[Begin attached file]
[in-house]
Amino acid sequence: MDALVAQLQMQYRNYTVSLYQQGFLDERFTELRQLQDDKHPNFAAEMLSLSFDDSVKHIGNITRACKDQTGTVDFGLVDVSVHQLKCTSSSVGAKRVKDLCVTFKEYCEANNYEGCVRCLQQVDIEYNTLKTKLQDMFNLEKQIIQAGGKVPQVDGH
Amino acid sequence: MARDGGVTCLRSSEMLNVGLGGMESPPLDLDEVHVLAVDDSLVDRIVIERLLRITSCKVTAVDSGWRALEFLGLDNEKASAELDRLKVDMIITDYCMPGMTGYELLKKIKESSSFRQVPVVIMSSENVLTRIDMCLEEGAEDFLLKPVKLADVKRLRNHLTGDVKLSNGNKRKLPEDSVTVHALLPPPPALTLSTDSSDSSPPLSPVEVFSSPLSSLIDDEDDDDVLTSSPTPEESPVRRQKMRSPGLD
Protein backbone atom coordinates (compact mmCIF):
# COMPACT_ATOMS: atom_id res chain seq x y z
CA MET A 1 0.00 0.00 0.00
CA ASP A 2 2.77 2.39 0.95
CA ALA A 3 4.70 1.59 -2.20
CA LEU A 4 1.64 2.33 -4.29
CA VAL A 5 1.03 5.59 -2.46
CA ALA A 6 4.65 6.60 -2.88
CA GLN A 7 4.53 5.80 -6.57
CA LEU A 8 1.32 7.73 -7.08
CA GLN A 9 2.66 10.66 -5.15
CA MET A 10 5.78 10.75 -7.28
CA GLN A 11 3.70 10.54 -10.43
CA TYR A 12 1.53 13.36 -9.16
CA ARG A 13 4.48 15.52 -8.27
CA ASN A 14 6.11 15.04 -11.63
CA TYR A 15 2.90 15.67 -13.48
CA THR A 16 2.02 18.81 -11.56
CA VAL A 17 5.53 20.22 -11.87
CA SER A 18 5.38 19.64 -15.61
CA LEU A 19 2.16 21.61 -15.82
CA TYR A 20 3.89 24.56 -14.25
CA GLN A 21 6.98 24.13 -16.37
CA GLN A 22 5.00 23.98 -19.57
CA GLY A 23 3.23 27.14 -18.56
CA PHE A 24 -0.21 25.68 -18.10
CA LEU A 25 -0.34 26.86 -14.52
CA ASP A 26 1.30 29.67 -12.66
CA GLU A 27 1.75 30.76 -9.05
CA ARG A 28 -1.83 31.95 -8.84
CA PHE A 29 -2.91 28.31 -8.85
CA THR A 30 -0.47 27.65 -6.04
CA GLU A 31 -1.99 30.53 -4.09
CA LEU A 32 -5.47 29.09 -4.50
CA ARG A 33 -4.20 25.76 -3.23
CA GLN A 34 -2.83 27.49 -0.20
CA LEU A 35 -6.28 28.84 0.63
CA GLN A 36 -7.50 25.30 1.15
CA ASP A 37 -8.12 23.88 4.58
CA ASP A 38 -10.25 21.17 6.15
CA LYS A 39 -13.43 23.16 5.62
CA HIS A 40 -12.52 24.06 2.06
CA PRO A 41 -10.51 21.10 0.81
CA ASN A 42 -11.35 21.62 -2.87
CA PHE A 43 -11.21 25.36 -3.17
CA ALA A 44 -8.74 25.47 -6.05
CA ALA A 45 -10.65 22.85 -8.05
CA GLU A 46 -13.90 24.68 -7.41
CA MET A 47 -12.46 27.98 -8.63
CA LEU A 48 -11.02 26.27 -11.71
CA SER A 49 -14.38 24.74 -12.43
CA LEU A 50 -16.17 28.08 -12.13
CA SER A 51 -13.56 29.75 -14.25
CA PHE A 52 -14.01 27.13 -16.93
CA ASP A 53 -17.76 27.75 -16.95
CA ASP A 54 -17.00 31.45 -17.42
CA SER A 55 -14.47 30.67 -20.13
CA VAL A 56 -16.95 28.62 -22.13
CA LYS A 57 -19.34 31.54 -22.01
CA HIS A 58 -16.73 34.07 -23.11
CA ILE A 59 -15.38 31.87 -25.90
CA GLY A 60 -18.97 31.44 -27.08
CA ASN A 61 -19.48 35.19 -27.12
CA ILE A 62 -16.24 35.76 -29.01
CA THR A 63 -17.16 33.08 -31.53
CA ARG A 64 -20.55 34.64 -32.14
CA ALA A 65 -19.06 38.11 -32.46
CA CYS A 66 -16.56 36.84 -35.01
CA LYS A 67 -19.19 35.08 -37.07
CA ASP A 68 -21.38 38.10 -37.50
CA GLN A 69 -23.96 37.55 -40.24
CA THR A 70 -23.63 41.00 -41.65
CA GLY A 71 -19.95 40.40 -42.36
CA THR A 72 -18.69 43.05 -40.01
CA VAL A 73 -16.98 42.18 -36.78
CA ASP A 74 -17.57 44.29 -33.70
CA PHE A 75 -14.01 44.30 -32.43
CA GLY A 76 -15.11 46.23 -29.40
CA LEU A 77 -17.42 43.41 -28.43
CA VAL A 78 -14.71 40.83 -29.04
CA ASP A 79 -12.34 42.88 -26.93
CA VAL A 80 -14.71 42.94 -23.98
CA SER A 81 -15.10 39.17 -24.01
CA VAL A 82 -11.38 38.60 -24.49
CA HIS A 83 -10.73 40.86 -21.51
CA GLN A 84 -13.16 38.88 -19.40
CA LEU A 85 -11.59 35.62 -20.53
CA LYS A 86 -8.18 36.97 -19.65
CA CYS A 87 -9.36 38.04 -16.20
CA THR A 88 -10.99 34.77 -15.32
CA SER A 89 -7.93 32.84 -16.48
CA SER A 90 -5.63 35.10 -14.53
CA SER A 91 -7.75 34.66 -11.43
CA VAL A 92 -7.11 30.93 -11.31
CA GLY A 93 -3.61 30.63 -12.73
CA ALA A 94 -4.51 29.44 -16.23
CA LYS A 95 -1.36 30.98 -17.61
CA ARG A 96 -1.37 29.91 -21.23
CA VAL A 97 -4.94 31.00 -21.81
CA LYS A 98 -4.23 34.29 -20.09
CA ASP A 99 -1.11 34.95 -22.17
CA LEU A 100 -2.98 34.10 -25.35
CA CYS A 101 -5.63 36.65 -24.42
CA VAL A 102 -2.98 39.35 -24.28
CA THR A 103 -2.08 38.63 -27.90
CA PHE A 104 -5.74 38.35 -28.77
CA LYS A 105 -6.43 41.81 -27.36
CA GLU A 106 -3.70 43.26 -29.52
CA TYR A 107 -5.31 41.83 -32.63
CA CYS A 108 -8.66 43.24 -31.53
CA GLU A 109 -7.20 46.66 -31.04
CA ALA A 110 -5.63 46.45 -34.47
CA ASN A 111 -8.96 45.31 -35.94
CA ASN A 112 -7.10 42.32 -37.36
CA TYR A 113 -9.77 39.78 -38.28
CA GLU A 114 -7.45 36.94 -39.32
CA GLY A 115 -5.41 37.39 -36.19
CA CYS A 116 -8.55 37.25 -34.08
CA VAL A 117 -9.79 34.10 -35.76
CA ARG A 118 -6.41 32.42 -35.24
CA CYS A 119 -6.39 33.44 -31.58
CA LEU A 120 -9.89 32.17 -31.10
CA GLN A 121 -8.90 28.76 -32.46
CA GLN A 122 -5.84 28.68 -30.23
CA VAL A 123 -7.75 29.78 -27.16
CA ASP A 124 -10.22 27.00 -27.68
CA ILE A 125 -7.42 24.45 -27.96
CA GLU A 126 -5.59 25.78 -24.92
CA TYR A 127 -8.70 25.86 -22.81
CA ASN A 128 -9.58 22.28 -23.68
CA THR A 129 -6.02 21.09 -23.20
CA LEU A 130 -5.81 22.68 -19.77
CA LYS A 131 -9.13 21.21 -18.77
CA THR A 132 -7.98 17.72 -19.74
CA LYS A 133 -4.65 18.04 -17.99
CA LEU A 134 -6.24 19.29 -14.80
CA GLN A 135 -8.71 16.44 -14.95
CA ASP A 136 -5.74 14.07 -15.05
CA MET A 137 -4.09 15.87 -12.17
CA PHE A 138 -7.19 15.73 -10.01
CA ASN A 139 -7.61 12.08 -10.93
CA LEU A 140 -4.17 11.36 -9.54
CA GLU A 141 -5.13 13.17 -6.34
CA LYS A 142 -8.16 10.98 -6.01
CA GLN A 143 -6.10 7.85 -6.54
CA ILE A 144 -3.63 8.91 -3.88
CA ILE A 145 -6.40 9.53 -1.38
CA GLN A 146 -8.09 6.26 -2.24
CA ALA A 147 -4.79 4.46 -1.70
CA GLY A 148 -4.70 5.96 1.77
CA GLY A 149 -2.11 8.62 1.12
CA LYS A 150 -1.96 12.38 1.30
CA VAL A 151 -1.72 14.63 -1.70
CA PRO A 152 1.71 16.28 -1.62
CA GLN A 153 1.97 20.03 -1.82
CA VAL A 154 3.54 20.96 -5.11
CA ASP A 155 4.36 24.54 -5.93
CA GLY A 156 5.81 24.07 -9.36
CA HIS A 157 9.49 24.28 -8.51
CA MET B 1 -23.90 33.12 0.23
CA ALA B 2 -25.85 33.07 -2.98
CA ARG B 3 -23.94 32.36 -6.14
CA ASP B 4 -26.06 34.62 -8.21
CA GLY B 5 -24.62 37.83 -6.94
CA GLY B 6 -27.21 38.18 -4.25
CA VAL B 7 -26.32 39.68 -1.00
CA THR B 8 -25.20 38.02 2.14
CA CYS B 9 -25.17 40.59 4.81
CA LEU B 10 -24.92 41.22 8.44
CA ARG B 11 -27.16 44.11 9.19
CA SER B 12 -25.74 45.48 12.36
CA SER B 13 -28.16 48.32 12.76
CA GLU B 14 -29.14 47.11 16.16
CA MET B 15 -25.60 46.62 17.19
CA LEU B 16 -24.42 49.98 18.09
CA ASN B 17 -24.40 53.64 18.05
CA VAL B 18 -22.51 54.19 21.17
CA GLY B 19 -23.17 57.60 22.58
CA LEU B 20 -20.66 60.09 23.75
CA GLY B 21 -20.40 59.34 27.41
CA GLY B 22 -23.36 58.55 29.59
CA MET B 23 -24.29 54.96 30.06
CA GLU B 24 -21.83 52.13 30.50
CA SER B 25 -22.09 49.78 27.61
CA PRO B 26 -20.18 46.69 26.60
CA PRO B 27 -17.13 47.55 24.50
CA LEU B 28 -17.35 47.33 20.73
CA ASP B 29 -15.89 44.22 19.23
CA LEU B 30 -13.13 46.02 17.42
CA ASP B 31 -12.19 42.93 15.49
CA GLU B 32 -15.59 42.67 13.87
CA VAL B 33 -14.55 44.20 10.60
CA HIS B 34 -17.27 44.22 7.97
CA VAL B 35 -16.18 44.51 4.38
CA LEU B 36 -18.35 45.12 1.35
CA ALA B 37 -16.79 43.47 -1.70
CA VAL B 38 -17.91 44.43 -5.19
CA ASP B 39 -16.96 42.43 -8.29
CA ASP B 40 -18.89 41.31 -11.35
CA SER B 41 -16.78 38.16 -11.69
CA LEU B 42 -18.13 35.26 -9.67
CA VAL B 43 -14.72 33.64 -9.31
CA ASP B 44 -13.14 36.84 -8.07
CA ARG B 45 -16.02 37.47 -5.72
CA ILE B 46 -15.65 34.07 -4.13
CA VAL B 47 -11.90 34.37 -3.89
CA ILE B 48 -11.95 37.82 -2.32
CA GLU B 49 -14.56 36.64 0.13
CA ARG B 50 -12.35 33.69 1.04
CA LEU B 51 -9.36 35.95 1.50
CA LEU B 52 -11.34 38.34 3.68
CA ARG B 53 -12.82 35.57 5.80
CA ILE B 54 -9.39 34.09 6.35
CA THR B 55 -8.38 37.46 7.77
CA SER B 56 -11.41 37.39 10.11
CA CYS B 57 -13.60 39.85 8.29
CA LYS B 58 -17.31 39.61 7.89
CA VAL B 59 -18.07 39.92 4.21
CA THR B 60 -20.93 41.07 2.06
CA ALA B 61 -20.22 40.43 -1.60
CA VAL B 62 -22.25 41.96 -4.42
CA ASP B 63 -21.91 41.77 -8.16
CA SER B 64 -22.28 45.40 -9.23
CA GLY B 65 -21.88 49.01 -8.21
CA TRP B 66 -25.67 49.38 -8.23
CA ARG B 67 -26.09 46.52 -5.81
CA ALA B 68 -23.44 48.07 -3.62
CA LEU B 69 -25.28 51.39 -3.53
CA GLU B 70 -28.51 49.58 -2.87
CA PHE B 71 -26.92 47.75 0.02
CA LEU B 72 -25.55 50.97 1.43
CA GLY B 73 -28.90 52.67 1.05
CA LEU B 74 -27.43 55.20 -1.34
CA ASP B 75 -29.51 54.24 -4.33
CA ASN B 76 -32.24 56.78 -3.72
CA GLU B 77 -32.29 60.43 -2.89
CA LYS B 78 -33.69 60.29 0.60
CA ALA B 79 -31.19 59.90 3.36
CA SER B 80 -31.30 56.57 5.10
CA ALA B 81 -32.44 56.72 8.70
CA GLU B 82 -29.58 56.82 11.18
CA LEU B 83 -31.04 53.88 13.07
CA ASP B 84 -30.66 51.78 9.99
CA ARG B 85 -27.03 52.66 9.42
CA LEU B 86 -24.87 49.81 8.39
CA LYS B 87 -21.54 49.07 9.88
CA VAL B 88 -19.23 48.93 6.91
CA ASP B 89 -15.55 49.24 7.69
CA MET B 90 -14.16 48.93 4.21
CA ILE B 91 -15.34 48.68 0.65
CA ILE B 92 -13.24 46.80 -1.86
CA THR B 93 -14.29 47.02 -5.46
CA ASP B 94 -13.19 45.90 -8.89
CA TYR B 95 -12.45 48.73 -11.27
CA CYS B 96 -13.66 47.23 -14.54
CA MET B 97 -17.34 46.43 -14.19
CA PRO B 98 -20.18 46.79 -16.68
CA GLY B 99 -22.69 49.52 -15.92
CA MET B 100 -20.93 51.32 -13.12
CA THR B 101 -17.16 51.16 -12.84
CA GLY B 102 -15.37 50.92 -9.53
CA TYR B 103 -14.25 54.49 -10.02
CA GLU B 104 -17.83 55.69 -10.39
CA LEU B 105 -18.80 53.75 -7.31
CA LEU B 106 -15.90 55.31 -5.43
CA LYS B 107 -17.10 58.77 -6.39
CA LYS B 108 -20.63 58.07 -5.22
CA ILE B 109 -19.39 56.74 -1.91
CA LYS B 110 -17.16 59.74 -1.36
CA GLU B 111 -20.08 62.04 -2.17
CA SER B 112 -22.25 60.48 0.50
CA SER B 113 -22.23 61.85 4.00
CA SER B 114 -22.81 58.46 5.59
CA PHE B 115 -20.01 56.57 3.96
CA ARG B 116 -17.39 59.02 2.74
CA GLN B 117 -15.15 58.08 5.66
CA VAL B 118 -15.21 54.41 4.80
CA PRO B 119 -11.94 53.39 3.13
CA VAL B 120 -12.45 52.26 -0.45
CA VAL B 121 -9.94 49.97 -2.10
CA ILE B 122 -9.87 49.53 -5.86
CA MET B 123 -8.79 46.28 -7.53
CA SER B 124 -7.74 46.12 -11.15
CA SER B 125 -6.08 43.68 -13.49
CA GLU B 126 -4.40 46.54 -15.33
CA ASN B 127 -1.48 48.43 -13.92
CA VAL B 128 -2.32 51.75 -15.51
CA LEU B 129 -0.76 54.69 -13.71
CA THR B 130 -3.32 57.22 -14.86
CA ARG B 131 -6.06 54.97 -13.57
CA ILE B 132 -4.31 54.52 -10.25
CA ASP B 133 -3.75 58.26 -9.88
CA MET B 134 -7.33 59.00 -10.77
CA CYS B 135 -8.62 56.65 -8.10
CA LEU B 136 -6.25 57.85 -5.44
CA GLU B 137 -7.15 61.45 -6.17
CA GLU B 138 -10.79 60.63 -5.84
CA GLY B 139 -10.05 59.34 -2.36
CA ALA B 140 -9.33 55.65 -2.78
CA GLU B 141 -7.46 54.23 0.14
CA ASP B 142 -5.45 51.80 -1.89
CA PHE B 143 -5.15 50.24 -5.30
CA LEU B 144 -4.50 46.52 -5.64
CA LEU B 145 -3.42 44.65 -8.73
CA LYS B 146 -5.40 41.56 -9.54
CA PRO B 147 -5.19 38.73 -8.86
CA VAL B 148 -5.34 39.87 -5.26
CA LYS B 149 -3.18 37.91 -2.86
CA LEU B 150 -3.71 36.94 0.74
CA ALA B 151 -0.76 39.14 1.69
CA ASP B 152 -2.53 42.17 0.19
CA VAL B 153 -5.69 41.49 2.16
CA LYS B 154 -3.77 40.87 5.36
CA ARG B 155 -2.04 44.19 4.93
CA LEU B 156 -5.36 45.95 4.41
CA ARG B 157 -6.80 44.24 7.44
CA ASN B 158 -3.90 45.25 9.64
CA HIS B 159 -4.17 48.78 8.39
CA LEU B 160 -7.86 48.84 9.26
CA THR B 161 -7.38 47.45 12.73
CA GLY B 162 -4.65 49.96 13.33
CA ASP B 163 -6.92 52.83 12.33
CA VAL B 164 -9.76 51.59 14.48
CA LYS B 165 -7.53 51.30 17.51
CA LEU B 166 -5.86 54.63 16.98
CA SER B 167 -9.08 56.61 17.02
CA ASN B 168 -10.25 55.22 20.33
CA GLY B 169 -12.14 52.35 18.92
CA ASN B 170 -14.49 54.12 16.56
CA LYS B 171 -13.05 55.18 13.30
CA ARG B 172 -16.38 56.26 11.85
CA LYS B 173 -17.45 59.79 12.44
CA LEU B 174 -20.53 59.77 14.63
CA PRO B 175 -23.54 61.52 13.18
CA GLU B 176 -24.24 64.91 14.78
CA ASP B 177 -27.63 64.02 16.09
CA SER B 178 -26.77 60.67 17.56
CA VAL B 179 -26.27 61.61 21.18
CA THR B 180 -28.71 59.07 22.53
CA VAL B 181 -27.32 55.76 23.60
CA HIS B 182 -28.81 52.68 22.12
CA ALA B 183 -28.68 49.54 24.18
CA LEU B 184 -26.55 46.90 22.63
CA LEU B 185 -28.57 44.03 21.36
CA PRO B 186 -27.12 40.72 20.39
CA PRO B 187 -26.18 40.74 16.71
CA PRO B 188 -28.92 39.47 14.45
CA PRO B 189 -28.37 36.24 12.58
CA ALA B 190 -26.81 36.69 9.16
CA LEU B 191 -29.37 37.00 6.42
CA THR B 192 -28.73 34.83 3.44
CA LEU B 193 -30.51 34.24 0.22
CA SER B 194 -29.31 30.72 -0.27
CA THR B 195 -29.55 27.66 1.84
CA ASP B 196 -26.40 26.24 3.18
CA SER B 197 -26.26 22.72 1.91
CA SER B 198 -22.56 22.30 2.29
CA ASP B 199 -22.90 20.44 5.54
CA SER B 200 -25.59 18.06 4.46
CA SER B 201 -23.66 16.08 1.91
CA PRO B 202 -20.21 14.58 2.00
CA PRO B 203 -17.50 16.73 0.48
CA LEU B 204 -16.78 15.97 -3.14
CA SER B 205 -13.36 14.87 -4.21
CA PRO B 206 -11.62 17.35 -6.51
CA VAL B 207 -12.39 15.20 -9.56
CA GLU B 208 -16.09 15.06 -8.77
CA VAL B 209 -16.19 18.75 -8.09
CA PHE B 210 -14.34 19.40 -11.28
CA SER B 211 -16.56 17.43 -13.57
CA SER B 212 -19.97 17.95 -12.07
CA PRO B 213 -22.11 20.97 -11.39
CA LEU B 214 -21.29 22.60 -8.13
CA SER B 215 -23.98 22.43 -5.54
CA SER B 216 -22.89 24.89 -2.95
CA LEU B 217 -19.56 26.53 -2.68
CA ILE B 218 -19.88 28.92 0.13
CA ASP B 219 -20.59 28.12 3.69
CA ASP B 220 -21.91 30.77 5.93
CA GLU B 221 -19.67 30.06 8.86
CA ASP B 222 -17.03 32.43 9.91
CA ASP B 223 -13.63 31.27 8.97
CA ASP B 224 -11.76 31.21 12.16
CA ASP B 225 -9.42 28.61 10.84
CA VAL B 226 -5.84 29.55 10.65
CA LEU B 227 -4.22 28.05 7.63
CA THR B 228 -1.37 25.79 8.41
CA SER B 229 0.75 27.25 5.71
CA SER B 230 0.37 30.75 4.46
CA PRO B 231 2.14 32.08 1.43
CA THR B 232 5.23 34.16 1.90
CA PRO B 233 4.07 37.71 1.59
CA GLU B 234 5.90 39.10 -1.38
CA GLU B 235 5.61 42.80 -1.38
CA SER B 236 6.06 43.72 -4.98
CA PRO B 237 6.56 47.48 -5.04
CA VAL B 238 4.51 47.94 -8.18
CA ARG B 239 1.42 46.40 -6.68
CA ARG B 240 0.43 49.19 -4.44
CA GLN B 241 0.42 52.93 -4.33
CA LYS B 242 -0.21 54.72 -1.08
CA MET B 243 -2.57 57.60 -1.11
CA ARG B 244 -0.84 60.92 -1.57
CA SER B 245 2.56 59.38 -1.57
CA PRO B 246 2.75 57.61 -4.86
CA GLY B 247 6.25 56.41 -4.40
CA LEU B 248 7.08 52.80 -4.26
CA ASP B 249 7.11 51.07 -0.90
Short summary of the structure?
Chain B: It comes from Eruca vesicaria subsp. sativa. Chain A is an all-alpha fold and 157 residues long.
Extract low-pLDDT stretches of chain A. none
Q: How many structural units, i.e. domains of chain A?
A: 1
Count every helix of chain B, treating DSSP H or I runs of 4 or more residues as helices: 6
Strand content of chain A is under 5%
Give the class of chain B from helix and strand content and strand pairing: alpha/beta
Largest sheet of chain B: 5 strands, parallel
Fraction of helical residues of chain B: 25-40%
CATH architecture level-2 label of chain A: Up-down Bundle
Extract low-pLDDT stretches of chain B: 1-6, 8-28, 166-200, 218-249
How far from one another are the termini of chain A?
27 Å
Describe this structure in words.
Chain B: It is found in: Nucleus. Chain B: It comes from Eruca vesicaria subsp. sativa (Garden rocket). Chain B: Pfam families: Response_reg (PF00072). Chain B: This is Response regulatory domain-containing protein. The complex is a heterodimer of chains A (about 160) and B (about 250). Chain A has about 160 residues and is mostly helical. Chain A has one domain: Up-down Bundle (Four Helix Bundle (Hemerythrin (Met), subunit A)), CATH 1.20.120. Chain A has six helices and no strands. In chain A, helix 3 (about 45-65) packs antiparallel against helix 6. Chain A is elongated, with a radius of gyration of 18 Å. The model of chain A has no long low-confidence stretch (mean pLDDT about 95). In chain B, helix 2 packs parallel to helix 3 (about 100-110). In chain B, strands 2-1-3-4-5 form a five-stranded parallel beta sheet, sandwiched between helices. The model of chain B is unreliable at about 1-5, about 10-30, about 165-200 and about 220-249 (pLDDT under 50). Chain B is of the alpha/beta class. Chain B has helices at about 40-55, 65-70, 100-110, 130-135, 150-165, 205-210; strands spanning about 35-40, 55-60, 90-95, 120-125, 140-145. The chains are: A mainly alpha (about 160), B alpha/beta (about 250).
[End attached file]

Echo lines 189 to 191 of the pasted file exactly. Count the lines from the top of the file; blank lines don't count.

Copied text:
CA PRO B 27 -17.13 47.55 24.50
CA LEU B 28 -17.35 47.33 20.73
CA ASP B 29 -15.89 44.22 19.23